New Delhi: The Supreme Court said in one of its remarks that ‘harsh and excessive conditions’ for bail are tantamount to the denial of bail. The apex court disapproved of the practice of imposing such conditions, as a result of which the accused are denied bail and are forced to stay in jail. According to a report in The Times of India, the Supreme Court, while hearing a case, found that the accused remained in jail despite being granted bail in September due to non-fulfillment of conditions, modified the High Court order, and removed the bail conditions Granted. A bench of Justice Krishna Murari and Justice V Ramasubramanian said that jail is the exception and bail is the rule, and in such a situation the conditions imposed on bail should not be unreasonable.
The Supreme Court disagreed with an order passed by the Rajasthan High Court, requiring an accused in an attempt to murder case to pay a fine of Rs 1 lakh and furnish a personal bond of like amount and two bail bonds of Rs 50,000 each for seeking bail. The instruction was given. The Supreme Court said in its comment that the conditions imposed by the High Court for granting bail to the accused were very onerous, as a result of which he failed to comply with these conditions. The top court said, ‘At this time no other accused would be in custody in a similar situation. However, the present appellant has not been able to come out of jail due to the conditions imposed.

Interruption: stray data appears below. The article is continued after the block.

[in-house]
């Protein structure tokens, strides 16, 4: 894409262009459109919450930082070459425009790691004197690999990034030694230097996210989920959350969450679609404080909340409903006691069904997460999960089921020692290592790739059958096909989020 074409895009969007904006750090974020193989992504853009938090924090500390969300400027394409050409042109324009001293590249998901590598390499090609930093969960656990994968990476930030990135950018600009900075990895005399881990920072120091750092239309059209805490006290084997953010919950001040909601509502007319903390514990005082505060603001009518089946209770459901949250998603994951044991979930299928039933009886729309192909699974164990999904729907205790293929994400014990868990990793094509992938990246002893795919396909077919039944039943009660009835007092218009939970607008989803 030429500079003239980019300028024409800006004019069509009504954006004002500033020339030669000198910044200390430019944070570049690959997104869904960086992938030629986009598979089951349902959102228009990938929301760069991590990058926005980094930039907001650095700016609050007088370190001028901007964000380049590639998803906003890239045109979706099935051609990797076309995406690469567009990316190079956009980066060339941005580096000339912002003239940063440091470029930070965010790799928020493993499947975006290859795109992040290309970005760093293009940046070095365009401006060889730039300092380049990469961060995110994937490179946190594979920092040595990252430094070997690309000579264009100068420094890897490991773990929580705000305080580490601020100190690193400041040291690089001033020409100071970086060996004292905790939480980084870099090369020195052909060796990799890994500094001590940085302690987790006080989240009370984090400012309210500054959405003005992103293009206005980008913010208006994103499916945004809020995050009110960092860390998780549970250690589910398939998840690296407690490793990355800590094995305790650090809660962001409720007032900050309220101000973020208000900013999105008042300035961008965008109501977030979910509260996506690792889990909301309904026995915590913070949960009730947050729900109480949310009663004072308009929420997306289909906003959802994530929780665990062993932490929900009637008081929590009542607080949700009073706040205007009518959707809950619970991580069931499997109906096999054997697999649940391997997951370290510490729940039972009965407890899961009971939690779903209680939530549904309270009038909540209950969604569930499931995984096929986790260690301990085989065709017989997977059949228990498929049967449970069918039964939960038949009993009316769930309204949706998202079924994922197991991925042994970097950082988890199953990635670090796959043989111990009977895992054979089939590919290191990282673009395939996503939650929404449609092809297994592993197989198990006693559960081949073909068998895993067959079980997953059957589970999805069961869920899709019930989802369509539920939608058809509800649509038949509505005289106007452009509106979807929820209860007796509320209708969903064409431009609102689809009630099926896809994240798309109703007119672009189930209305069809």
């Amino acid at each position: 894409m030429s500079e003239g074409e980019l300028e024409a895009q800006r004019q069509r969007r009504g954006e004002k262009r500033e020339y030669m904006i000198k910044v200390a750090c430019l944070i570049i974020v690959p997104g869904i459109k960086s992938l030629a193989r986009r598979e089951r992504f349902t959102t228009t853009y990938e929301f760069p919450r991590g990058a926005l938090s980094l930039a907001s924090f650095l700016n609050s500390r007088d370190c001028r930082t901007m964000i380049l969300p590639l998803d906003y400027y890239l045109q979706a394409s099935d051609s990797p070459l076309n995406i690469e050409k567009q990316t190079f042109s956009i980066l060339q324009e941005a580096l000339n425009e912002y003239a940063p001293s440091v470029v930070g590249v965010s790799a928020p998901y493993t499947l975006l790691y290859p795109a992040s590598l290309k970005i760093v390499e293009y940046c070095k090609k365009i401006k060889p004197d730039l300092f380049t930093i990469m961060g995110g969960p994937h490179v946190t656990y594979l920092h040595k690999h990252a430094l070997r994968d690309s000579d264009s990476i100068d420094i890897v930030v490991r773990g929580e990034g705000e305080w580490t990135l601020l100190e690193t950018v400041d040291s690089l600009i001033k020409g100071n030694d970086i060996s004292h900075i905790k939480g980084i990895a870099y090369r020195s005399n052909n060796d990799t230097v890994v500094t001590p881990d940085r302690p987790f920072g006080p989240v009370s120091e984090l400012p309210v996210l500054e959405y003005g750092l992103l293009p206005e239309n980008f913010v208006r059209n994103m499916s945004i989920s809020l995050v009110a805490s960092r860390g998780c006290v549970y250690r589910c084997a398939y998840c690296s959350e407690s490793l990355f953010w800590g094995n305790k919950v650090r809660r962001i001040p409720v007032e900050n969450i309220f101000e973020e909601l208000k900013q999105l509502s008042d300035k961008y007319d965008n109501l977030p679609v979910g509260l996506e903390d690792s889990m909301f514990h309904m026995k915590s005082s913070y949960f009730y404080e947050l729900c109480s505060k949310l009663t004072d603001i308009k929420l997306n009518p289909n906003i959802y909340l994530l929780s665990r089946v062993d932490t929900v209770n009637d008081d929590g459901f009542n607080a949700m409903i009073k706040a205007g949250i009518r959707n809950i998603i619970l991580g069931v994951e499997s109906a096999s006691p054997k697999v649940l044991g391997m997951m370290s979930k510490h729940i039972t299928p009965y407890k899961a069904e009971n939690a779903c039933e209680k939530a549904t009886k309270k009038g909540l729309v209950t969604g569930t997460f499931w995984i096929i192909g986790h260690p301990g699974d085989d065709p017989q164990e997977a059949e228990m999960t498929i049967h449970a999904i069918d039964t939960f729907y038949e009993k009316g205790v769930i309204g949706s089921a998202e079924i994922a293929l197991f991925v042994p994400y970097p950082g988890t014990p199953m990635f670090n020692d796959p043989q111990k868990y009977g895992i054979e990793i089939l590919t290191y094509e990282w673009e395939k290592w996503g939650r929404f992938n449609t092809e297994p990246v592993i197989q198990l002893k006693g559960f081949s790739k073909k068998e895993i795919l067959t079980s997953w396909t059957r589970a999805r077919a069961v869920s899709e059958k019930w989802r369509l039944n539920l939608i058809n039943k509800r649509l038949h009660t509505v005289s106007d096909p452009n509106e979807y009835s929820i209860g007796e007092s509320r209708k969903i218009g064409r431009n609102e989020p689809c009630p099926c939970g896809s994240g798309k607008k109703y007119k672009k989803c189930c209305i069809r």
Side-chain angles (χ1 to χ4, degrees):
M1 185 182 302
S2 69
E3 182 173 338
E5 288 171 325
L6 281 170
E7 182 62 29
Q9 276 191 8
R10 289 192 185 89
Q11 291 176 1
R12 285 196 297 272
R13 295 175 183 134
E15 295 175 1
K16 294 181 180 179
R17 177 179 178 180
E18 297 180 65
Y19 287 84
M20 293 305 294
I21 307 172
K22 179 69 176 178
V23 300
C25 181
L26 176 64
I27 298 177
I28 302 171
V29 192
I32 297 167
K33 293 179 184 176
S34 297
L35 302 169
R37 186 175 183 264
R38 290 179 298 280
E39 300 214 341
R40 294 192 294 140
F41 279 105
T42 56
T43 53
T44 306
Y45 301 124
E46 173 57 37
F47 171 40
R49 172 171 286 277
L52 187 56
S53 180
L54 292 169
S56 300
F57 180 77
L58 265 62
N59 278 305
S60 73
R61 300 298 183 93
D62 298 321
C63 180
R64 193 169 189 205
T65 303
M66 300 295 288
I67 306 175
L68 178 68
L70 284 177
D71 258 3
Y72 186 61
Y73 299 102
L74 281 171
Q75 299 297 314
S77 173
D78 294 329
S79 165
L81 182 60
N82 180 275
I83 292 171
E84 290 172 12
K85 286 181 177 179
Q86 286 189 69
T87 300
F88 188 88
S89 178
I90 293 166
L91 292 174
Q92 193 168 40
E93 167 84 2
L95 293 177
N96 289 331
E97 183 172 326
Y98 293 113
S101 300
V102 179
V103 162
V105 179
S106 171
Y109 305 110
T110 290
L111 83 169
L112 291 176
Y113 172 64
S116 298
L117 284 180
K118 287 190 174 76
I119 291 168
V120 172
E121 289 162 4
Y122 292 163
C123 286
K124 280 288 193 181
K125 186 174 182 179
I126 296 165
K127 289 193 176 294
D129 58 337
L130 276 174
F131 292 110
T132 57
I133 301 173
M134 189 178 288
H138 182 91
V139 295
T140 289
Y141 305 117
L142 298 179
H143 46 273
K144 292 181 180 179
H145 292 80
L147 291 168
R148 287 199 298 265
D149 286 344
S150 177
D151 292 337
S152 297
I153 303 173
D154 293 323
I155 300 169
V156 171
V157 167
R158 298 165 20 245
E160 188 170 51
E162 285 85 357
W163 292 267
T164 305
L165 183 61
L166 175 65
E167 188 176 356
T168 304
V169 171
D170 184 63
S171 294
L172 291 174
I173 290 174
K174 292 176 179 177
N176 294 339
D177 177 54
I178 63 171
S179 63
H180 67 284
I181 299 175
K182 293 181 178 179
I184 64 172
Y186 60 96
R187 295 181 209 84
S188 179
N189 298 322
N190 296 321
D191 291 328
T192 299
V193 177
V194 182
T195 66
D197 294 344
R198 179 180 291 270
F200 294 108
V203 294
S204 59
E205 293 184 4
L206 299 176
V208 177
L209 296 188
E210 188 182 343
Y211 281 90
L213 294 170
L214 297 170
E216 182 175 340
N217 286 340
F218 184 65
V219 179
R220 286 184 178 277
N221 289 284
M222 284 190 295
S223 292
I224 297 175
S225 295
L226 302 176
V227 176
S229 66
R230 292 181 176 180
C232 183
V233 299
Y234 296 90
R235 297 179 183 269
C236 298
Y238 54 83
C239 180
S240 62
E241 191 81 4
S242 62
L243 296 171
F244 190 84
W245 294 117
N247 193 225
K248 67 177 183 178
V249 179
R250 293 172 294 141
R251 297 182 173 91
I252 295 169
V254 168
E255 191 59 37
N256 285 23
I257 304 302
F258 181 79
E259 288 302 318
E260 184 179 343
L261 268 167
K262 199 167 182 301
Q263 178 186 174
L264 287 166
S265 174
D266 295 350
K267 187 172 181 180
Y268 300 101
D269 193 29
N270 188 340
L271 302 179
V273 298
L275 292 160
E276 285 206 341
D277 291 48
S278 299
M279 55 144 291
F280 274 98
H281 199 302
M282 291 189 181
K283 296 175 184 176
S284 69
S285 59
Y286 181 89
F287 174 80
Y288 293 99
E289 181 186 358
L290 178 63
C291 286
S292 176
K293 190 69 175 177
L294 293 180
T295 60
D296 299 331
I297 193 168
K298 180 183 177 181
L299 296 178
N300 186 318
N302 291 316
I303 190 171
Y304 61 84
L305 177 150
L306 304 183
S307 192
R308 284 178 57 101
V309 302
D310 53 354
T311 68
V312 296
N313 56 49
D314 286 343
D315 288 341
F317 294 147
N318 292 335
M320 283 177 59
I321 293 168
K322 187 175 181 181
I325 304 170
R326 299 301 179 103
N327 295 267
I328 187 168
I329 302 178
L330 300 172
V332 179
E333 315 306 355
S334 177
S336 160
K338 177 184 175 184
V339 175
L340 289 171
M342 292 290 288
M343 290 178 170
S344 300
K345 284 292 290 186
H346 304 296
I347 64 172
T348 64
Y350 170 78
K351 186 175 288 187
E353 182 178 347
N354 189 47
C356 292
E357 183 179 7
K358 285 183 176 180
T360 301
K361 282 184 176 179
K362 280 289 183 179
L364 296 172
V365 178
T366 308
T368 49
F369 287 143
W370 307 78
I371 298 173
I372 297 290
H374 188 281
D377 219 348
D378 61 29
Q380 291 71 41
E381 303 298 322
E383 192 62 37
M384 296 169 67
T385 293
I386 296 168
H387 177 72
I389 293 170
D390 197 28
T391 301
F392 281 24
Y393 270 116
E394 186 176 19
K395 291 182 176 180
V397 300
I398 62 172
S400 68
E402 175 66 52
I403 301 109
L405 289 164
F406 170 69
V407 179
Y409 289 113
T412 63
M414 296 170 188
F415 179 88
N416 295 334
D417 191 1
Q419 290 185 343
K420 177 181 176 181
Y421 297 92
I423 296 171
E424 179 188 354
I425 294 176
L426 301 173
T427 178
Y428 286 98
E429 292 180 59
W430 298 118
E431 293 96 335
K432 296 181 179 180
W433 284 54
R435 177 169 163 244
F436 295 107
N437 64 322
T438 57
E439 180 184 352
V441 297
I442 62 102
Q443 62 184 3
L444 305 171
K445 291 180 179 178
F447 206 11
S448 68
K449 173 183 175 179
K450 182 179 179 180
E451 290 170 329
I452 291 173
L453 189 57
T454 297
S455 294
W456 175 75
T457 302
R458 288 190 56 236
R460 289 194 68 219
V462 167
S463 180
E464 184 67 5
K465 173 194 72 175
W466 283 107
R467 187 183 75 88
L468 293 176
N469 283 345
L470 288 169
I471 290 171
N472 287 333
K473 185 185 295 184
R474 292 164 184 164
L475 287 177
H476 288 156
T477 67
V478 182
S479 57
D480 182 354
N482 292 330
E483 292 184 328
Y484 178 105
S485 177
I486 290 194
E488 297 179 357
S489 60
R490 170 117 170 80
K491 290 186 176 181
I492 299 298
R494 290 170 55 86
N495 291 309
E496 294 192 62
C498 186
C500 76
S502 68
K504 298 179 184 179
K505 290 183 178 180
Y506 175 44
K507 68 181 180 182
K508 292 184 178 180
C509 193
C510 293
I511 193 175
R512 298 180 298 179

The Supreme Court observed, ‘Can the appellant be kept in indefinite detention for not being able to comply with the onerous requirements? Keeping the appellant in jail, that too in a case where he would normally have got bail for the alleged offenses is not only a symptom of injustice but injustice itself.’ Noting that the accused remained in jail despite being granted bail in September due to non-fulfillment of conditions, the Supreme Court modified the Rajasthan High Court order and did away with the bail conditions. The Supreme Court said, ‘We are unable to appreciate the excessive bail conditions imposed by the High Court.’
In its remarks, the top court said, “The fact that the appellant has been granted bail is sufficient evidence to show that he is rotting in jail during the pendency of the case.” While the appellant has been granted bail, the excessive conditions imposed have, in fact, acting as a denial of bail to him. Had the appellant paid the required amount, it would have been a different matter. However, the fact remains that he is still in jail. This is a sufficient indication that he was not able to pay the amount. Referring to various decisions of the apex court, the bench said that the conditions of bail cannot be so onerous.